// Example 0
function useState(initialValue) { var _val = initialValue // _val is a local variable created by useState function state() { // state is an inner function, a closure return _val // state() uses _val, declared by parent funciton } function setState(newVal) { // same _val = newVal // setting _val without exposing _val } return [state, setState] // exposing functions for external use
var [foo, setFoo] = useState(0) // using array destructuring
console.log(foo()) // logs 0 - the initialValue we gave
setFoo(1) // sets _val inside useState's scope
console.log(foo()) // logs 1 - new initialValue, despite exact same call

Here, we’re creating a primitive clone of React’s useState hook. In our function, there are 2 inner functions, state and setState. state returns a local variable _val defined above and setState sets the local variable to the parameter passed into it (i.e. newVal).

Our implementation of state here is a getter function, which isn’t ideal, but we’ll fix that in a bit. What’s important is that with foo and setFoo, we are able to access and manipulate (a.k.a. “close over”) the internal variable _val. They retain access to useState ‘s scope, and that reference is called closure. In the context of React and other frameworks, this looks like state, and that’s exactly what it is.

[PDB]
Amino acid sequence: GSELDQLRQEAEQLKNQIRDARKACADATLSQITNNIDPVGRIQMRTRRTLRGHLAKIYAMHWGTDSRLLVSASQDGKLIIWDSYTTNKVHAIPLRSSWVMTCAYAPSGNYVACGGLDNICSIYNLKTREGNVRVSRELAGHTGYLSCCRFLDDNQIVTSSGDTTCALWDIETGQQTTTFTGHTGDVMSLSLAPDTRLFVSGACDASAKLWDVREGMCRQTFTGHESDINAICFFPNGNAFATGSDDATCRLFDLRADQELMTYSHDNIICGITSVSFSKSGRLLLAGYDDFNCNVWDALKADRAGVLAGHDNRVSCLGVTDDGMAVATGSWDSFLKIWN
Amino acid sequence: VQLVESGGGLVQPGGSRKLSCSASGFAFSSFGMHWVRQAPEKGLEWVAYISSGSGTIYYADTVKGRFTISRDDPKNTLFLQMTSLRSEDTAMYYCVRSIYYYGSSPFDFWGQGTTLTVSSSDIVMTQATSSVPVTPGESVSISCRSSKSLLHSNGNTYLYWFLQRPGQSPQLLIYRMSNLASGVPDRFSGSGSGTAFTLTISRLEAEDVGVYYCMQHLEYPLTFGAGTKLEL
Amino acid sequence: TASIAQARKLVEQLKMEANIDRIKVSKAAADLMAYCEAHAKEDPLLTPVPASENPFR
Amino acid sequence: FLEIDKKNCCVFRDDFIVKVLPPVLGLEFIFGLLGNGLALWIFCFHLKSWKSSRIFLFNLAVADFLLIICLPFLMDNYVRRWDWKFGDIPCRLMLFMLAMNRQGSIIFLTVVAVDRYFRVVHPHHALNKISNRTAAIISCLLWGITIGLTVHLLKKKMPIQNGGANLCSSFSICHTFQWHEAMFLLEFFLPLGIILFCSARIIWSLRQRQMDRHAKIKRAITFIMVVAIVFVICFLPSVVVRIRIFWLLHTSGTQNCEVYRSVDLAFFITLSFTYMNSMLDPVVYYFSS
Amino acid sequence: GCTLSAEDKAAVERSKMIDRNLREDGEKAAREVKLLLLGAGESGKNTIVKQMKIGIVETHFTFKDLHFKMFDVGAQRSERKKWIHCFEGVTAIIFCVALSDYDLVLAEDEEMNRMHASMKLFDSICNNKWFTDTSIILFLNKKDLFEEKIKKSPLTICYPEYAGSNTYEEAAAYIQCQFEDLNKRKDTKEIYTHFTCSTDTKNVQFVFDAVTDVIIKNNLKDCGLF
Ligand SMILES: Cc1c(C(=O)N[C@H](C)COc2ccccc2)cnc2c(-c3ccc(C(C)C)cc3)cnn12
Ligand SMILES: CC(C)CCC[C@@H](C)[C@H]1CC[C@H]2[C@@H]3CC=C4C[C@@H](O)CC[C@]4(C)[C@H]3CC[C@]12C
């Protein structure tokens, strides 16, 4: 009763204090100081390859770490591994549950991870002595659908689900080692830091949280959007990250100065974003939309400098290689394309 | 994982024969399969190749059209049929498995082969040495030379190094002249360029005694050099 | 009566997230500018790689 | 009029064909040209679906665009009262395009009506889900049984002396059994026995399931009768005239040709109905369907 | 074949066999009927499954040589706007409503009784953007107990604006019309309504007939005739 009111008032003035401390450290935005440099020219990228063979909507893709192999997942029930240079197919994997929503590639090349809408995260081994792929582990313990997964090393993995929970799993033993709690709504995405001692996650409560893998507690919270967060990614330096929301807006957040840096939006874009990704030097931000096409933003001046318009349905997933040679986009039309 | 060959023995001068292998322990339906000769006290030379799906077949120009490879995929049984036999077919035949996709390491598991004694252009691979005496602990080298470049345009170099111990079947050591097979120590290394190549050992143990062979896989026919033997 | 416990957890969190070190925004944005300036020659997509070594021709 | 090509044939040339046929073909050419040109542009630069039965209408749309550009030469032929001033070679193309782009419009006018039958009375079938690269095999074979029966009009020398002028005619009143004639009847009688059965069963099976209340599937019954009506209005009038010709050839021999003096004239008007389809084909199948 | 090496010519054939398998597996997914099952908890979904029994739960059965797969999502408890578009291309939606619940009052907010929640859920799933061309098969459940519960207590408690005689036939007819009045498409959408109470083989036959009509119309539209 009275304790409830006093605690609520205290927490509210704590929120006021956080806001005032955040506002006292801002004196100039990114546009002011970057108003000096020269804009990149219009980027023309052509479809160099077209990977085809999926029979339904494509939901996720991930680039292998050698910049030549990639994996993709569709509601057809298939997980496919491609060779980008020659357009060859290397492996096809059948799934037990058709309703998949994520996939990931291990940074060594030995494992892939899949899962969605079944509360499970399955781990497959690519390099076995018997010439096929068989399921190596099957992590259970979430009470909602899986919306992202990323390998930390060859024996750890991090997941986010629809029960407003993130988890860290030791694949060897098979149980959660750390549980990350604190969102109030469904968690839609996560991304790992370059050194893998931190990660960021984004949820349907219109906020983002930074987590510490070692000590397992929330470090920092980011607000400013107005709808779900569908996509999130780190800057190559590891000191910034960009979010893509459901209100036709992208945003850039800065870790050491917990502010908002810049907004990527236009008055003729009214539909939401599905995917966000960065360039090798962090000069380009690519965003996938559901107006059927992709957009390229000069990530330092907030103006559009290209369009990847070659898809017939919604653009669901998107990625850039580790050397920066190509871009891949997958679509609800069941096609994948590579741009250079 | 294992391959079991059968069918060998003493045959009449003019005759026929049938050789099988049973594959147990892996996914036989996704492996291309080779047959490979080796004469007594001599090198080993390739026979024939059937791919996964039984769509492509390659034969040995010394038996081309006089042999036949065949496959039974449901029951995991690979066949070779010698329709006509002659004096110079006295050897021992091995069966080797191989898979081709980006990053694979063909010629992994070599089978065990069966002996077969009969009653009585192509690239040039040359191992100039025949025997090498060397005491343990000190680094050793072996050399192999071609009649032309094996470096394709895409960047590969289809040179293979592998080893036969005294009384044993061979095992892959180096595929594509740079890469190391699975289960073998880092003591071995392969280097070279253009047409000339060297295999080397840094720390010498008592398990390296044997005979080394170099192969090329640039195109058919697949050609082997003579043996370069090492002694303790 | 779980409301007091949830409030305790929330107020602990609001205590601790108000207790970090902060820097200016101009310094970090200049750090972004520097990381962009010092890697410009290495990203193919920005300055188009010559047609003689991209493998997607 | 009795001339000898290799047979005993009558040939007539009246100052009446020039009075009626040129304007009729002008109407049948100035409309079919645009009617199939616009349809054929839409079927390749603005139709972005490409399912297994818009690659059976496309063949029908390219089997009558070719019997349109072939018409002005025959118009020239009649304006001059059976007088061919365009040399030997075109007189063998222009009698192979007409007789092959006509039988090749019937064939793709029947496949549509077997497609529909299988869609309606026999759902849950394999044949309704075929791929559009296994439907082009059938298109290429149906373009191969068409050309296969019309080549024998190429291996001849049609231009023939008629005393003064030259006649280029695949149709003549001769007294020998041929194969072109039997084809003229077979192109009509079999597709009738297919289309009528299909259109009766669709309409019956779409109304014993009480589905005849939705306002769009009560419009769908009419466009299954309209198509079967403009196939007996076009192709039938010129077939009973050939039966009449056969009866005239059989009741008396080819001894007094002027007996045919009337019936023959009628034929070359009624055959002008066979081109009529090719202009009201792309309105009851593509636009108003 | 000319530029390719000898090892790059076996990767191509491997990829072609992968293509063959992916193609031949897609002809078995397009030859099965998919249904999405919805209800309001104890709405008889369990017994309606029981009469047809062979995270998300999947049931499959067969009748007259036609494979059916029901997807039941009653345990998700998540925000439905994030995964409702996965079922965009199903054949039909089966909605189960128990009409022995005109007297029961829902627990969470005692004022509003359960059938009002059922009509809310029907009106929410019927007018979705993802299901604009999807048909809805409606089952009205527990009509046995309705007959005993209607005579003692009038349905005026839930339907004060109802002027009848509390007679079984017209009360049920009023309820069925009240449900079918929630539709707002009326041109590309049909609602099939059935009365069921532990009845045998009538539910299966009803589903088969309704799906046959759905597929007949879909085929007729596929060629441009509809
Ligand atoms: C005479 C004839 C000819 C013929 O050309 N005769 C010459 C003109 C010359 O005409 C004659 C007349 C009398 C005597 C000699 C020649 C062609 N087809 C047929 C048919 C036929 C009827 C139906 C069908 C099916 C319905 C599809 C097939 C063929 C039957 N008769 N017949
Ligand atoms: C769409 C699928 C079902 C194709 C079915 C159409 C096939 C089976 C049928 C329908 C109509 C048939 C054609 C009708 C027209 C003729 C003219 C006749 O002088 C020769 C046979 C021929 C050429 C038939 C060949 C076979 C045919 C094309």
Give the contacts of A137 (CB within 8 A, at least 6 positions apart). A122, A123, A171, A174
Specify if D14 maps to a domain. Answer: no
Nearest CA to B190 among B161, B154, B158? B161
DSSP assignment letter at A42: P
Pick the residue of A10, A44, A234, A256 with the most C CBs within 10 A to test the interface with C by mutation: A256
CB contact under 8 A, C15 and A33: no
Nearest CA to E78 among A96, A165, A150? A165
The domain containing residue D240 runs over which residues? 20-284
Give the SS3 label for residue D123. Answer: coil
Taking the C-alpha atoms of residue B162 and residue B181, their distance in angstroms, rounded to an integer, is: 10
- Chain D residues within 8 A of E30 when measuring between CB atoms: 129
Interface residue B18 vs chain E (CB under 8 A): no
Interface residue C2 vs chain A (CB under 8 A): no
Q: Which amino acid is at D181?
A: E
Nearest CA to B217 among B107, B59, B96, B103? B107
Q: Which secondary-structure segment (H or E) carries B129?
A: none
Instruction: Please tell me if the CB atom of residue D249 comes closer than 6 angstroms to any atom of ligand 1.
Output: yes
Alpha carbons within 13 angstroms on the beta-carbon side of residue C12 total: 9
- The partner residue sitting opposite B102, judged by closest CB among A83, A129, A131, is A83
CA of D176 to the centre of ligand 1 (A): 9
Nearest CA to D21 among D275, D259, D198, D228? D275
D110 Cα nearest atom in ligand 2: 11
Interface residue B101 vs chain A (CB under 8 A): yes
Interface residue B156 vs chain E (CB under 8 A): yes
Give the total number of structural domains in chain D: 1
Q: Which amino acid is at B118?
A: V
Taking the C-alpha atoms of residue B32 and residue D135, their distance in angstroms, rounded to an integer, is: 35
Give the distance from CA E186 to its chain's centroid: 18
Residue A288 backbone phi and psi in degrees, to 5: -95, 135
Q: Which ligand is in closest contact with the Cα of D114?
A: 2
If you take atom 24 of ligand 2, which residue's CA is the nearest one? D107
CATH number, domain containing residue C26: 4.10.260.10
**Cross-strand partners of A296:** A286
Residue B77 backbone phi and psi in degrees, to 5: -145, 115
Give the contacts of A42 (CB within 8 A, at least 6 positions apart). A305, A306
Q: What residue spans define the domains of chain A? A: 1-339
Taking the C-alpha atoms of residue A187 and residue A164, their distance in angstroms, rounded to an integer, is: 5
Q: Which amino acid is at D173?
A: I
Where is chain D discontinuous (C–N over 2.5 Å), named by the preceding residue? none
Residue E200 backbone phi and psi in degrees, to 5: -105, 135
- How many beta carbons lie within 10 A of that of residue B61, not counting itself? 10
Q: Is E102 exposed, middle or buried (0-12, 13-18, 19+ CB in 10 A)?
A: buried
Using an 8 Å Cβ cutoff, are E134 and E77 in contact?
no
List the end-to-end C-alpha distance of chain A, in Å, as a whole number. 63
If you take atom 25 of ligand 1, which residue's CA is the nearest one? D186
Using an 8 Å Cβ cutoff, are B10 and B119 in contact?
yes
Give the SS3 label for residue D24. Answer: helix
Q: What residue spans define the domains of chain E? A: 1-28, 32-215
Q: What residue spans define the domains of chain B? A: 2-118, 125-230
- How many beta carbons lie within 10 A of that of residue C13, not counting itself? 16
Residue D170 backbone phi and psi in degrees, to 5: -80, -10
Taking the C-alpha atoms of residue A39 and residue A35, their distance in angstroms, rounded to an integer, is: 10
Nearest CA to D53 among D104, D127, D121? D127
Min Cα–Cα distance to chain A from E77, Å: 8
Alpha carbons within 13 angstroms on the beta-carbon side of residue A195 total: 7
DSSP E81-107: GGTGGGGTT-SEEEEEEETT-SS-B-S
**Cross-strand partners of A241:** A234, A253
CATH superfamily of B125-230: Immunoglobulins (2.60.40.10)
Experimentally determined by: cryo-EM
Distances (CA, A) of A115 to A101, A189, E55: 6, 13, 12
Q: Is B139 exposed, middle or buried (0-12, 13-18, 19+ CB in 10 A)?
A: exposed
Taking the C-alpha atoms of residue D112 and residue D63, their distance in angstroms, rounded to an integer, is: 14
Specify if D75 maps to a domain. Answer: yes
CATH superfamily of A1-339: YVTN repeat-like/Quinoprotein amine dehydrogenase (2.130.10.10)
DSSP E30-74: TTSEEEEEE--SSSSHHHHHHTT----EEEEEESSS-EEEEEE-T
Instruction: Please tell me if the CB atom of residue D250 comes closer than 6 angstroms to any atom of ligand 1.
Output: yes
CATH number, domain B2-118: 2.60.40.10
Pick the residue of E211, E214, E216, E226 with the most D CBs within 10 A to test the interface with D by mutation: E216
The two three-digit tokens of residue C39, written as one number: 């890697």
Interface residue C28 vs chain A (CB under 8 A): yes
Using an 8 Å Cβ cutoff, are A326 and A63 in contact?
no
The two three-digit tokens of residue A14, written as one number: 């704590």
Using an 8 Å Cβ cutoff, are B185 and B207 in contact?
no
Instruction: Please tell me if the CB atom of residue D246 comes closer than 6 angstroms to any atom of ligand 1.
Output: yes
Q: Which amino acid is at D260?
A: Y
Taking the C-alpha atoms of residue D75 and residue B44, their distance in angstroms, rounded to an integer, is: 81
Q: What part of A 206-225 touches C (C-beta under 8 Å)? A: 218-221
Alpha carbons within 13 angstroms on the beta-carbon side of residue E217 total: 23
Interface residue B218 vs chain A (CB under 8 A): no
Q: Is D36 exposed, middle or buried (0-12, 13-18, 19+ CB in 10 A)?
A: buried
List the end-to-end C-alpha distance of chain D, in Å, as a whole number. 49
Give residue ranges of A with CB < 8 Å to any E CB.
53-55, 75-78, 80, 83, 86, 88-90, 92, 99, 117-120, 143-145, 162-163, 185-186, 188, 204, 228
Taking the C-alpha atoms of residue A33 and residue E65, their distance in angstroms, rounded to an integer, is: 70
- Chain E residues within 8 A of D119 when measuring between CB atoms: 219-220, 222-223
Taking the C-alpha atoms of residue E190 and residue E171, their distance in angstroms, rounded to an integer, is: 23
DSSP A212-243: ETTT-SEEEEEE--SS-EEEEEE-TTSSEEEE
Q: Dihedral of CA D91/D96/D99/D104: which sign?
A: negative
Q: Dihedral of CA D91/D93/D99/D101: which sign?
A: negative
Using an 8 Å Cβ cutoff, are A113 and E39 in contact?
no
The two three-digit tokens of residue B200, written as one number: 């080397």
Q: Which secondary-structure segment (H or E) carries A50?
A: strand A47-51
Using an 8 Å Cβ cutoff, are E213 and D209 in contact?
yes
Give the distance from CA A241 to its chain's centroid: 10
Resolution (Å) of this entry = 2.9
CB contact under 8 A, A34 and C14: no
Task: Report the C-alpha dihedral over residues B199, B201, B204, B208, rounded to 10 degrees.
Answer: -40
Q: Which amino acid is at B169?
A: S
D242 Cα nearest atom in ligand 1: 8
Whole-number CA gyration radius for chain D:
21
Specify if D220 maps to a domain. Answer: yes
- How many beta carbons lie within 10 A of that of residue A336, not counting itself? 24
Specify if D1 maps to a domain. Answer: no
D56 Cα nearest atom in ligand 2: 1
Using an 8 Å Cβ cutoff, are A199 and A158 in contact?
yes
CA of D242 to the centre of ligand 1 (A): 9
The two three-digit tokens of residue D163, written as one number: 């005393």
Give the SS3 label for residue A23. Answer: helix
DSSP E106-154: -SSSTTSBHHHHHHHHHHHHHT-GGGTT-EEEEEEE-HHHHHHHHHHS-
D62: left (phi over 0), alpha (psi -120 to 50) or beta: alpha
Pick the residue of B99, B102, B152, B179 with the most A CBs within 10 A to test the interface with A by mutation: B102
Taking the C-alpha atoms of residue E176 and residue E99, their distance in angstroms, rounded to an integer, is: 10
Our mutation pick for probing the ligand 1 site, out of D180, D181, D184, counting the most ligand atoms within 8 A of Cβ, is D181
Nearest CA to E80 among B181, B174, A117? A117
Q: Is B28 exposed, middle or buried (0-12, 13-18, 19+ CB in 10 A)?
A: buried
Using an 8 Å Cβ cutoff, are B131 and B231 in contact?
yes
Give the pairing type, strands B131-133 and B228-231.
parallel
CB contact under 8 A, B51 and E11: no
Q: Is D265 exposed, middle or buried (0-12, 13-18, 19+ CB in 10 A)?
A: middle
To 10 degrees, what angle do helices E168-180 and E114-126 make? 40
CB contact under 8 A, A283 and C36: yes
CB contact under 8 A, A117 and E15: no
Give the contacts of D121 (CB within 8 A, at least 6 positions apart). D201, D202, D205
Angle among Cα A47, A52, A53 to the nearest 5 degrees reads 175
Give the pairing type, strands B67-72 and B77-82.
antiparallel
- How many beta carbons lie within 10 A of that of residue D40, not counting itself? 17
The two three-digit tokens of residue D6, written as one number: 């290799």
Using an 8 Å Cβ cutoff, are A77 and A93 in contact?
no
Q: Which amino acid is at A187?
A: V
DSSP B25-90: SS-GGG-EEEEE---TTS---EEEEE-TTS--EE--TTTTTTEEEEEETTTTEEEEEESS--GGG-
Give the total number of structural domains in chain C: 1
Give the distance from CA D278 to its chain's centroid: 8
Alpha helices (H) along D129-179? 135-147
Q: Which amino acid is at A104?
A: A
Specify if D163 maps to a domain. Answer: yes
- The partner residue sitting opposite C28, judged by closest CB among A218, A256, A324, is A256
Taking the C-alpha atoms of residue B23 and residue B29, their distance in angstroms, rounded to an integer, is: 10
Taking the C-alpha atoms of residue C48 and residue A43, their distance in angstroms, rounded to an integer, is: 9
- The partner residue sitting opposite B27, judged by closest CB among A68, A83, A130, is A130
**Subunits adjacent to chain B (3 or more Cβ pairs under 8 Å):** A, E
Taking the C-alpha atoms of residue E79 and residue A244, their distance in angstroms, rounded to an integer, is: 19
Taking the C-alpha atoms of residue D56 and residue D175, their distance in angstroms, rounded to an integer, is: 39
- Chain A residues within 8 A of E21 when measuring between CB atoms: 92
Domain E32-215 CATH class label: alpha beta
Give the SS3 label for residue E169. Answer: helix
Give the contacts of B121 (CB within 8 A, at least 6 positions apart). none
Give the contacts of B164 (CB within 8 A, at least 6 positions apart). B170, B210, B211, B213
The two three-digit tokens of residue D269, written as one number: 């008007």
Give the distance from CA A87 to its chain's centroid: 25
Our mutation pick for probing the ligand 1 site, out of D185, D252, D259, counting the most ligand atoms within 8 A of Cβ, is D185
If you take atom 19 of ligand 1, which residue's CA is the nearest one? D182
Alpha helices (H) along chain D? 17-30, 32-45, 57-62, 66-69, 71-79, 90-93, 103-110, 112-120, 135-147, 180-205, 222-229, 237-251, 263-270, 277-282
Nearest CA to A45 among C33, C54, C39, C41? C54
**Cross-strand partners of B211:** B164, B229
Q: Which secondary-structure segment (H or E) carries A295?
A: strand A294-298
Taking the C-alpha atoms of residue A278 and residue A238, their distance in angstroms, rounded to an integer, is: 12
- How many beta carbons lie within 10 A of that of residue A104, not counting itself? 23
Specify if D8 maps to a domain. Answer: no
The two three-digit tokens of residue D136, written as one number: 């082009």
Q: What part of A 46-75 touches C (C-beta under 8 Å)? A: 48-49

If you’d like deeper dives on closure, I recommend reading MDN, YDKJS, and DailyJS on the topic, but if you understood the code sample above, you have everything you need.

Usage in Function Components

Let’s apply our newly minted useState clone in a familiar looking setting. We’ll make a Counter component!

// Example 1
function Counter() { const [count, setCount] = useState(0) // same useState as above return { click: () => setCount(count() + 1), render: () => console.log('render:', { count: count() }) }